Tuesday, July 13, 2010

Love Addiction and Relationship Addiction

On Love Addiction
by Lorna Hochstein, Ph.D.

Love addiction? What is love addiction? How can I be addicted to love? Perhaps this is what some of you are thinking as you read the title of this essay. Others of you might well be moaning, "Not another addiction. . .! Please God, not another 12 Step program." I understand. There have been moments when I have thought all these things myself. But while I am not unalterably convinced that such an entity as "love addiction" actually exists, it is true that I also find the idea quite helpful when I think about women's relationships and the way we get into and remain in relationships. Genuine addiction or not, the concept of "love addiction" certainly provides insights into common, if unsatisfying ways we relate to both being single and being in partnership.

Let me begin by saying that the phrase "love addiction" is a misnomer. Genuine love is knowing and being known by another person. It is about building intimacy through honesty and sharing of oneself. An addiction, however, is antithetical to intimacy; an addiction necessarily involved behaviors and mental sets which push genuine love and intimacy away. An addiction dulls both positive and painful feeling sand prevents us from knowing ourself. We cannot share what we do no know, and thus genuine intimacy cannot thrive where an addiction is present. Thus, a "love addiction" is about pseudo love, about the external, stereotypic appearance of love. It is not about love. While a love addict may look as if she is pursuing intimacy with a vengeance, she is, in fact, running away from intimacy as fast as she can. Love addiction is about unhealthy dependency and about poor self esteem. It is about a fear of abandonment and about an impaired sense of identify. It is about holding on to a relationship at all costs. It is not about loving too much. We are able to depend on another too much, we are able to cling to another too much, we are able to give another women too much responsibility for our life and happiness. We cannot love too much; genuine love is never bad and can never harm us.

So what is a love or relationship addiction and who is a love addict? A love addict is a woman who substitutes an unhealthy and mood altering relationship with a process (i.e. relationship) for a healthy, life giving relationship with another person. An addict is a person who puts this unhealthy relationship at center of her life. This relationship with a mood altering process is an addiction. My own rule of thumb is that a person is addicted to a relationship if being in that relationship had clear negative effects on her life and she continues in the relationship regardless of the effects.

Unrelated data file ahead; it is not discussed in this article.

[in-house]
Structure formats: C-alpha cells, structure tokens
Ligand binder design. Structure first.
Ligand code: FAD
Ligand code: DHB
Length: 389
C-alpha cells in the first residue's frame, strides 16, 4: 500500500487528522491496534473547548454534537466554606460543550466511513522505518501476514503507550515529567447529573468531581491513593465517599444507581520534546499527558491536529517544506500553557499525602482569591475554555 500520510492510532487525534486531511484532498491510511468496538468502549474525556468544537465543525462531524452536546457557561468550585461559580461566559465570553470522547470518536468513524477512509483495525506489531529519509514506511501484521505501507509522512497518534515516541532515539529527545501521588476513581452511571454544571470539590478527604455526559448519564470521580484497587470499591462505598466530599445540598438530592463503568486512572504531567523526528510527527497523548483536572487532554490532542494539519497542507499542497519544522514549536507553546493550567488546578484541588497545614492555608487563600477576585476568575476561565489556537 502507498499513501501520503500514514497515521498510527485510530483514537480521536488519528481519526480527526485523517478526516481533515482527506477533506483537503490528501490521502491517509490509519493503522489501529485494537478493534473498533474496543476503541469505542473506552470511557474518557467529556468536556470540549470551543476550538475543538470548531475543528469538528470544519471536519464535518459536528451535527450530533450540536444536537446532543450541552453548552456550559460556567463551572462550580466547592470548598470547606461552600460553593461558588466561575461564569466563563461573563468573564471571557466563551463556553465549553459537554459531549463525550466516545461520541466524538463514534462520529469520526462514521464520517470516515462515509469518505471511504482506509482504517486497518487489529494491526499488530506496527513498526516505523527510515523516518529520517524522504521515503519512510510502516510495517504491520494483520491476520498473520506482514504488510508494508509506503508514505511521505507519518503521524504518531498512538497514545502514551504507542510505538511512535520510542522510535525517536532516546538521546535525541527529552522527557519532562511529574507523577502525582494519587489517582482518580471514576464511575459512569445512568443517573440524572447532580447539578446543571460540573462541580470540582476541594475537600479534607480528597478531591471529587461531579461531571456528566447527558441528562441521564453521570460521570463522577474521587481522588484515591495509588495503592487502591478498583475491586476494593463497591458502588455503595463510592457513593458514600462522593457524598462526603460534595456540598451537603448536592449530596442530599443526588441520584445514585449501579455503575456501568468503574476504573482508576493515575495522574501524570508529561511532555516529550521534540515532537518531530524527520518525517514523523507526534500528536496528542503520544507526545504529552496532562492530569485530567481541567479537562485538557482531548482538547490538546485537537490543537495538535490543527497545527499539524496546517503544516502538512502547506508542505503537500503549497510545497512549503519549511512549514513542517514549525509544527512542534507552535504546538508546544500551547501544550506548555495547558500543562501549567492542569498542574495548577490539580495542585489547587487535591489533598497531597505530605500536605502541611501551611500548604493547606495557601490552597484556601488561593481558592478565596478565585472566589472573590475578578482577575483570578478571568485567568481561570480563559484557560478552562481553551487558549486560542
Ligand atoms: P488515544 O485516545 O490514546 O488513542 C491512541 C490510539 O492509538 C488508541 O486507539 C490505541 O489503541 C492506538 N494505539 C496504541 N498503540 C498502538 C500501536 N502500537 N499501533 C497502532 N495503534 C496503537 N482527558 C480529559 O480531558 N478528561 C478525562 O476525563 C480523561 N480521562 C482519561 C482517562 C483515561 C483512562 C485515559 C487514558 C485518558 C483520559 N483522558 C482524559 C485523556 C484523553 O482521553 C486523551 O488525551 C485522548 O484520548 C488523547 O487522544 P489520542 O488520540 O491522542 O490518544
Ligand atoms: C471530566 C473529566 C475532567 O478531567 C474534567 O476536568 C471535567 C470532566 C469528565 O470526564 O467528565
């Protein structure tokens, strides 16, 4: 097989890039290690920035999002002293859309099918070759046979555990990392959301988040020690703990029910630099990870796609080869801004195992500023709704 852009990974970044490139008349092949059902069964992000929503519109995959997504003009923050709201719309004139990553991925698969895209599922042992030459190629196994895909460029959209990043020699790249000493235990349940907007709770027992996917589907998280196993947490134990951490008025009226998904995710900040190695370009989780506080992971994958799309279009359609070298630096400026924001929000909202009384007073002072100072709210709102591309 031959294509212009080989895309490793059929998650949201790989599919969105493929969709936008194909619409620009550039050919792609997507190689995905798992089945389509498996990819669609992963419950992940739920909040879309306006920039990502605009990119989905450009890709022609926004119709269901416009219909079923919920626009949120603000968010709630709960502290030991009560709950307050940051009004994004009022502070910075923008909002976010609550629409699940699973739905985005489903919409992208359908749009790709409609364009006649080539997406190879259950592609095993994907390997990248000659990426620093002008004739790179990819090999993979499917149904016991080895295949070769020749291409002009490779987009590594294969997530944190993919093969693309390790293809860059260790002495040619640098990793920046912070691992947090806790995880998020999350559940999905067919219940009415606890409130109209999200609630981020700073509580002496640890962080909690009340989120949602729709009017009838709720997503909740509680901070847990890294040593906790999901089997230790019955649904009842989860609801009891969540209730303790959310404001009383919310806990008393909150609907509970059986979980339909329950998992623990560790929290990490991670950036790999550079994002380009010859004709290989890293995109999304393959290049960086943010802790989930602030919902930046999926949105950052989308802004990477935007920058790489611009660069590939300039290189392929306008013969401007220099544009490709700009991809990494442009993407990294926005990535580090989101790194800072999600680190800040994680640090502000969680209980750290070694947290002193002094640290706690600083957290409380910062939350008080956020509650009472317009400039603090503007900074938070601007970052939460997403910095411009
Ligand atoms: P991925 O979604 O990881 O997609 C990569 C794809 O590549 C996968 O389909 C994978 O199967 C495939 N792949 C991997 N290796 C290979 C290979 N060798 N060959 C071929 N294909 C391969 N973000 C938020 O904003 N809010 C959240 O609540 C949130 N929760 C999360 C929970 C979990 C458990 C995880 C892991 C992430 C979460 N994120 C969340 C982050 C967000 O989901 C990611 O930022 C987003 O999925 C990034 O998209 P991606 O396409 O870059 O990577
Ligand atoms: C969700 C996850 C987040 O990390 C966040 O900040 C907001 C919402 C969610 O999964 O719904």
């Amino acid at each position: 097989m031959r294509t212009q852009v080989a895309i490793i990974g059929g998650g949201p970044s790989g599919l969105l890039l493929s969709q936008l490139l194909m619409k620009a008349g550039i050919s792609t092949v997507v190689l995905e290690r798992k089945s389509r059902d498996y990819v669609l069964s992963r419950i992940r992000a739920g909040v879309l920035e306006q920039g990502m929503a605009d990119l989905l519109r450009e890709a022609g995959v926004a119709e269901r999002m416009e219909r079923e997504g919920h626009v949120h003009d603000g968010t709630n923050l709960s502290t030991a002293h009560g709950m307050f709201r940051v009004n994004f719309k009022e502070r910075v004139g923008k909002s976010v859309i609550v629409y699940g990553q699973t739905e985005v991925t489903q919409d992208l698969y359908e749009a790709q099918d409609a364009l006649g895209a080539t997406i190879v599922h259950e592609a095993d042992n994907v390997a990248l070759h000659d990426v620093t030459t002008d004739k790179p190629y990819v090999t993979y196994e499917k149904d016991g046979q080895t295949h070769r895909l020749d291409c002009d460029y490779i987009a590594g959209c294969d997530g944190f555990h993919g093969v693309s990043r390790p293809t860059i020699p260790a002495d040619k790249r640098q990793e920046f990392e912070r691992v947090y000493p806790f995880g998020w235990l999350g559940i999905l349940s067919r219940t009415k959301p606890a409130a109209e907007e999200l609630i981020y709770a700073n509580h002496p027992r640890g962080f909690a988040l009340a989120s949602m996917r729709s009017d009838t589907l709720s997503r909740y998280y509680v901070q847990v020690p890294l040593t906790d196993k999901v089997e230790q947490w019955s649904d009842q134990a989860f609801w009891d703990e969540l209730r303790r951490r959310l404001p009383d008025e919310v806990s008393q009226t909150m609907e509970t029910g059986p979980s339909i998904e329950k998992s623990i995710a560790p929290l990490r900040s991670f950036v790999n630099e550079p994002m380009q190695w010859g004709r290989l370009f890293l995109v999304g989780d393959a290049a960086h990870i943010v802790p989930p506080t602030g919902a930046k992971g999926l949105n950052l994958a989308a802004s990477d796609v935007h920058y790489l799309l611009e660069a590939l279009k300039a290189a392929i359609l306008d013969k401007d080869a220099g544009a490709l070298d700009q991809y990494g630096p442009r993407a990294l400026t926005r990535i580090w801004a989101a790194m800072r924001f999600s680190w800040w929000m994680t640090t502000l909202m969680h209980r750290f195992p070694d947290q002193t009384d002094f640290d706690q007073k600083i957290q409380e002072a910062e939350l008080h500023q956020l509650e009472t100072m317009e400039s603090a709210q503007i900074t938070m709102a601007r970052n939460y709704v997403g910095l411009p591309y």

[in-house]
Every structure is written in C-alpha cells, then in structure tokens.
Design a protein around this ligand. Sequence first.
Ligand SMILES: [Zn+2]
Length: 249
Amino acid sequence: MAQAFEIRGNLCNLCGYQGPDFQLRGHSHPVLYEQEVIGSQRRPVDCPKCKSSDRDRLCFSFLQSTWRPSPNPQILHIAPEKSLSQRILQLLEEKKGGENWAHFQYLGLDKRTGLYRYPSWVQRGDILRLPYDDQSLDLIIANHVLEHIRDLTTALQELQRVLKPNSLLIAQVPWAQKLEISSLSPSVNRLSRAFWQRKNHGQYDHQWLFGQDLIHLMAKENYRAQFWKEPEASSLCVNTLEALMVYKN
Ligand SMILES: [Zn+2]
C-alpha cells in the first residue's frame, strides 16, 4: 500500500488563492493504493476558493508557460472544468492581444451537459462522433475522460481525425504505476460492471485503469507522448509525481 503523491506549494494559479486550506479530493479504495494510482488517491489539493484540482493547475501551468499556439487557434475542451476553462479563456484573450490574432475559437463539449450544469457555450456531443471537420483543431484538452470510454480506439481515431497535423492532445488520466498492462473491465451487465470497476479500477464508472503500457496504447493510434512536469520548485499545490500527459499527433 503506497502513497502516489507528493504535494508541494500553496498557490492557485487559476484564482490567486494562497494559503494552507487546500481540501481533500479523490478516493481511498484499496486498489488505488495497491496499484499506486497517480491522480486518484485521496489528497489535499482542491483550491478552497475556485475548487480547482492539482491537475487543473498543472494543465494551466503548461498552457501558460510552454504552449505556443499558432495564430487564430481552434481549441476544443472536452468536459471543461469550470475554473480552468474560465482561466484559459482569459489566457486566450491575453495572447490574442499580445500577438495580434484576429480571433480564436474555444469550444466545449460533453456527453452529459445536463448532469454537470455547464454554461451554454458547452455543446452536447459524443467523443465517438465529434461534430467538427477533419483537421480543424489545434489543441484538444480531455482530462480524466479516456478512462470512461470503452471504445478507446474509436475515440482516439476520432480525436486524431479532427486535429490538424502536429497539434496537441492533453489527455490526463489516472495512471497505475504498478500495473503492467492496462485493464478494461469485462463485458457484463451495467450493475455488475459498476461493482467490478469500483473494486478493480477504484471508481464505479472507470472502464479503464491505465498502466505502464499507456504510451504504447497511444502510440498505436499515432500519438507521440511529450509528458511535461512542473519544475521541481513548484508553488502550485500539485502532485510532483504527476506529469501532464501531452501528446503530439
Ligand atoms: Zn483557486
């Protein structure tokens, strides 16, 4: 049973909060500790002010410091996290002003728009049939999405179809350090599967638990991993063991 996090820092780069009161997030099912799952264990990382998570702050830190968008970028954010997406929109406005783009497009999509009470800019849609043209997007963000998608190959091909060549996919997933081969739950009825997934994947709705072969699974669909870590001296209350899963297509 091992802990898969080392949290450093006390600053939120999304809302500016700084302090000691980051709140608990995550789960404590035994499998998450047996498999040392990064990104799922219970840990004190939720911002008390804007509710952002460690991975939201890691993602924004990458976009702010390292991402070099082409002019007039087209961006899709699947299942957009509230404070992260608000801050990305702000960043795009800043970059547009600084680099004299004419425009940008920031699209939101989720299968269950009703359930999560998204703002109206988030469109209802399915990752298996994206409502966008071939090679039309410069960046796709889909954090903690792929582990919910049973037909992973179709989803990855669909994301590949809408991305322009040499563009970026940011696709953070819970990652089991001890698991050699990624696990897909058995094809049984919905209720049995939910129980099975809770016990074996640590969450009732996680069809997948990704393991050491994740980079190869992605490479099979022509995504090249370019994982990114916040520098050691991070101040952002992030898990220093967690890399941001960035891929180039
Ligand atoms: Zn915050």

There seem to be two basic types of love addicts. The first type of addict is a woman who addicted to the ideal of simply being in any relationship any relationship at all. This addict is hooked on the idea of being part of a couple regardless of who her partner actually is. The second type of love addict is the woman who is addicted to a particular relationship or a particular partner. This woman is able to function well when she is not romantically involved, but gets hooked on a certain woman and becomes less functional when involved with that woman. Let me give you an example of the second type.

Susan came to therapy to "end" a relationship which had, in fact, ended months before. Susan had dated a co worker, Mary, for several weeks when Mary decided she no longer wanted to pursue a relationship with Susan. Mary was clear with Susan that for her, it was over. Although Susan had dated Mary for only a month, she was devastated. She needed Mary. For the next year Susan followed Mary in her car. Once she skipped work to follow Mary to an out of town trip, and received a reprimand, her first, for missing an important meeting without even notifying her boss. Susan drove by Mary's house frequently and hung around her office at work just to catch a glimpse of her. Once she snuck into Mary's office and went through Mary's appointment calendar looking for possible "date." Once Susan met Mary on the street after Mary had been drinking. Mary threatened Susan and scared her a great deal. But Susan still could not stop her behavior. When Mary changed jobs and moved away, Susan felt lost. She became depressed. A year later, she still finds it hard to put thoughts of Mary out of her mind. Susan was addicted to Mary. Once she managed to break her addiction to Mary, she functioned well at home and at work. She did not feel desperate for a relationship. But she knows it can happen again.

Please understand that Susan is not crazy. She is a fine, intelligent, decent woman. She genuinely longs for intimacy. She genuinely longs for intimacy. While her behavior may seem a bit extreme, there are too many of us who, like Susan, violate our values and disrupt our lives in order to be in romantic relationship; there are too many of us who, like Susan, depend on another woman for the source of self esteem, self value, purpose and meaning in life. It's all a matter of degree.

It is important to know that love addiction is not infatuation; it is not the limerance phase of a relationship. Sometimes a love addiction initially looks like an infatuation or the simple act of "falling in love". The difference is that a woman who is simply "in love" knows she has her own life to live with or without her partner. She retains a sense of her own identity and personal power and does not look solely to her beloved for a purpose and meaning, this is not true of a woman in an addictive relationship.

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